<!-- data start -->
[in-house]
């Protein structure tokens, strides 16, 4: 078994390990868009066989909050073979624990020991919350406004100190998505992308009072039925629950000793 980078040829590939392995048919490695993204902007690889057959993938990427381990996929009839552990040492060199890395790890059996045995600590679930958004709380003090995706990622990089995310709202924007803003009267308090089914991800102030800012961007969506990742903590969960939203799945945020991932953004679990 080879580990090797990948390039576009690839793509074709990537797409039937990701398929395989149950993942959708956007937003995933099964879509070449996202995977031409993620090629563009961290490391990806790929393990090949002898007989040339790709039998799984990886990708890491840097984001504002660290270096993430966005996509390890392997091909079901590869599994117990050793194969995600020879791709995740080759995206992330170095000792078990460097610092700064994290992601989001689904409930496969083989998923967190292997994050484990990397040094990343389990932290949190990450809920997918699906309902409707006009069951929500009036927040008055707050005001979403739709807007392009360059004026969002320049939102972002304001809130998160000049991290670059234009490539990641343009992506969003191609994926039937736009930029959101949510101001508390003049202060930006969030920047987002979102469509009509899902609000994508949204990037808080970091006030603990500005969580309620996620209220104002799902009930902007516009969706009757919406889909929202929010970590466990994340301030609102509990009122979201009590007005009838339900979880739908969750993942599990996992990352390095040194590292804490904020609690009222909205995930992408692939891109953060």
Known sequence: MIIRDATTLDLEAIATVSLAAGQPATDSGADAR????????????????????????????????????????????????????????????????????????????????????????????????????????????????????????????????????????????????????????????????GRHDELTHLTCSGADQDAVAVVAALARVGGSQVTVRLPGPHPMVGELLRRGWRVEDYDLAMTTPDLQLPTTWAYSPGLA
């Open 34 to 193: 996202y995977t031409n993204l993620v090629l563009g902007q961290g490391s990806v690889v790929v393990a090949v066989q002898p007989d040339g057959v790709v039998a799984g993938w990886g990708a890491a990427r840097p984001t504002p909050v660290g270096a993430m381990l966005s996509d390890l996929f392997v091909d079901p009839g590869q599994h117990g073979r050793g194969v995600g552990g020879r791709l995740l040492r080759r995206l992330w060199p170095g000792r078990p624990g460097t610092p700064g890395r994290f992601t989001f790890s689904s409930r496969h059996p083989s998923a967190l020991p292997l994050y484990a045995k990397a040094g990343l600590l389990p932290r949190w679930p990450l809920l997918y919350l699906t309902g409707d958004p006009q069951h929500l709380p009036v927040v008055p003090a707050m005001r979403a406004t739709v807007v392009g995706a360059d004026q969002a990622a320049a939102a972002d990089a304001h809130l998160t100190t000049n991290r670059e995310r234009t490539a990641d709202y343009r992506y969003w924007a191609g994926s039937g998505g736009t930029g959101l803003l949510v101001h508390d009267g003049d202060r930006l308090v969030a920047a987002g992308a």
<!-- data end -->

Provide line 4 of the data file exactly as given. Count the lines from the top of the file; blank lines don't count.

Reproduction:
């Open 34 to 193: 996202y995977t031409n993204l993620v090629l563009g902007q961290g490391s990806v690889v790929v393990a090949v066989q002898p007989d040339g057959v790709v039998a799984g993938w990886g990708a890491a990427r840097p984001t504002p909050v660290g270096a993430m381990l966005s996509d390890l996929f392997v091909d079901p009839g590869q599994h117990g073979r050793g194969v995600g552990g020879r791709l995740l040492r080759r995206l992330w060199p170095g000792r078990p624990g460097t610092p700064g890395r994290f992601t989001f790890s689904s409930r496969h059996p083989s998923a967190l020991p292997l994050y484990a045995k990397a040094g990343l600590l389990p932290r949190w679930p990450l809920l997918y919350l699906t309902g409707d958004p006009q069951h929500l709380p009036v927040v008055p003090a707050m005001r979403a406004t739709v807007v392009g995706a360059d004026q969002a990622a320049a939102a972002d990089a304001h809130l998160t100190t000049n991290r670059e995310r234009t490539a990641d709202y343009r992506y969003w924007a191609g994926s039937g998505g736009t930029g959101l803003l949510v101001h508390d009267g003049d202060r930006l308090v969030a920047a987002g992308a």